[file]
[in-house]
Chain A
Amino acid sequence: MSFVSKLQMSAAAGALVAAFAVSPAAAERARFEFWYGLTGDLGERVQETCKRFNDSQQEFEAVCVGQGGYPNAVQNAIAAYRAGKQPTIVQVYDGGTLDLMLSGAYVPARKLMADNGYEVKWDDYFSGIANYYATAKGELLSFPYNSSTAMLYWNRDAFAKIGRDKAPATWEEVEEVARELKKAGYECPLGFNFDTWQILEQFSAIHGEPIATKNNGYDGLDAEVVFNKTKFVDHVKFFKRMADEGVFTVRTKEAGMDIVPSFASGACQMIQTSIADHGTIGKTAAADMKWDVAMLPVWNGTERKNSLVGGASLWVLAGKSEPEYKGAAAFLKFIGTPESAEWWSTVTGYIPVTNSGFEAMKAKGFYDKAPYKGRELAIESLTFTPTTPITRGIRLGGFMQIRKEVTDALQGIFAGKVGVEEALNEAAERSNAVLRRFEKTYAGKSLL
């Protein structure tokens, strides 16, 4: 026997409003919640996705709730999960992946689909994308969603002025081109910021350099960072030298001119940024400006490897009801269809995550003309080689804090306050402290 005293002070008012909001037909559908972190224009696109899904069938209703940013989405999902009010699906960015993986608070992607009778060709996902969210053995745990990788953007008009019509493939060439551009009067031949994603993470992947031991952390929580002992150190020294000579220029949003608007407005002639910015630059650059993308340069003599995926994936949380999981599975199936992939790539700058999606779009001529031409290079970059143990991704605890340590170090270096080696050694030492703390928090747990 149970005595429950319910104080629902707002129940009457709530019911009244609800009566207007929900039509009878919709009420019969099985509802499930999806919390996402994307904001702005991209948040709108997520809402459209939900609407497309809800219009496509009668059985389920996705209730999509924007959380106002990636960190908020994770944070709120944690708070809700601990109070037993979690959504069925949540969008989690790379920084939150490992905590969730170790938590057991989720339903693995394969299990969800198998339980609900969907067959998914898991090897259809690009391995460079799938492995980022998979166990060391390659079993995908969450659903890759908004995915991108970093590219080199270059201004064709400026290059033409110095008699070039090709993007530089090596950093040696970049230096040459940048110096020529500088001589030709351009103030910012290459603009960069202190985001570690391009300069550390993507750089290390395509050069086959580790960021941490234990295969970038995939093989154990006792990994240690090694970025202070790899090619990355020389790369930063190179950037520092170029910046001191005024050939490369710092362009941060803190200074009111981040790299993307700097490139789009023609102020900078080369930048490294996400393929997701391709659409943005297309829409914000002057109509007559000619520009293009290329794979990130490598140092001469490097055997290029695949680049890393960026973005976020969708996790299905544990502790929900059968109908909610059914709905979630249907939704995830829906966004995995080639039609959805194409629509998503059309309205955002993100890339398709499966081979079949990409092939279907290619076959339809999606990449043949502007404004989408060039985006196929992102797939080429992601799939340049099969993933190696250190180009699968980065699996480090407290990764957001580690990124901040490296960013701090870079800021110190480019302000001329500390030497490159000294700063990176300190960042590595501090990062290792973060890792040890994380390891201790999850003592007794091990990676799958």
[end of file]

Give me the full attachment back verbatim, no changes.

[in-house]
Chain A
Amino acid sequence: MSFVSKLQMSAAAGALVAAFAVSPAAAERARFEFWYGLTGDLGERVQETCKRFNDSQQEFEAVCVGQGGYPNAVQNAIAAYRAGKQPTIVQVYDGGTLDLMLSGAYVPARKLMADNGYEVKWDDYFSGIANYYATAKGELLSFPYNSSTAMLYWNRDAFAKIGRDKAPATWEEVEEVARELKKAGYECPLGFNFDTWQILEQFSAIHGEPIATKNNGYDGLDAEVVFNKTKFVDHVKFFKRMADEGVFTVRTKEAGMDIVPSFASGACQMIQTSIADHGTIGKTAAADMKWDVAMLPVWNGTERKNSLVGGASLWVLAGKSEPEYKGAAAFLKFIGTPESAEWWSTVTGYIPVTNSGFEAMKAKGFYDKAPYKGRELAIESLTFTPTTPITRGIRLGGFMQIRKEVTDALQGIFAGKVGVEEALNEAAERSNAVLRRFEKTYAGKSLL
């Protein structure tokens, strides 16, 4: 026997409003919640996705709730999960992946689909994308969603002025081109910021350099960072030298001119940024400006490897009801269809995550003309080689804090306050402290 005293002070008012909001037909559908972190224009696109899904069938209703940013989405999902009010699906960015993986608070992607009778060709996902969210053995745990990788953007008009019509493939060439551009009067031949994603993470992947031991952390929580002992150190020294000579220029949003608007407005002639910015630059650059993308340069003599995926994936949380999981599975199936992939790539700058999606779009001529031409290079970059143990991704605890340590170090270096080696050694030492703390928090747990 149970005595429950319910104080629902707002129940009457709530019911009244609800009566207007929900039509009878919709009420019969099985509802499930999806919390996402994307904001702005991209948040709108997520809402459209939900609407497309809800219009496509009668059985389920996705209730999509924007959380106002990636960190908020994770944070709120944690708070809700601990109070037993979690959504069925949540969008989690790379920084939150490992905590969730170790938590057991989720339903693995394969299990969800198998339980609900969907067959998914898991090897259809690009391995460079799938492995980022998979166990060391390659079993995908969450659903890759908004995915991108970093590219080199270059201004064709400026290059033409110095008699070039090709993007530089090596950093040696970049230096040459940048110096020529500088001589030709351009103030910012290459603009960069202190985001570690391009300069550390993507750089290390395509050069086959580790960021941490234990295969970038995939093989154990006792990994240690090694970025202070790899090619990355020389790369930063190179950037520092170029910046001191005024050939490369710092362009941060803190200074009111981040790299993307700097490139789009023609102020900078080369930048490294996400393929997701391709659409943005297309829409914000002057109509007559000619520009293009290329794979990130490598140092001469490097055997290029695949680049890393960026973005976020969708996790299905544990502790929900059968109908909610059914709905979630249907939704995830829906966004995995080639039609959805194409629509998503059309309205955002993100890339398709499966081979079949990409092939279907290619076959339809999606990449043949502007404004989408060039985006196929992102797939080429992601799939340049099969993933190696250190180009699968980065699996480090407290990764957001580690990124901040490296960013701090870079800021110190480019302000001329500390030497490159000294700063990176300190960042590595501090990062290792973060890792040890994380390891201790999850003592007794091990990676799958």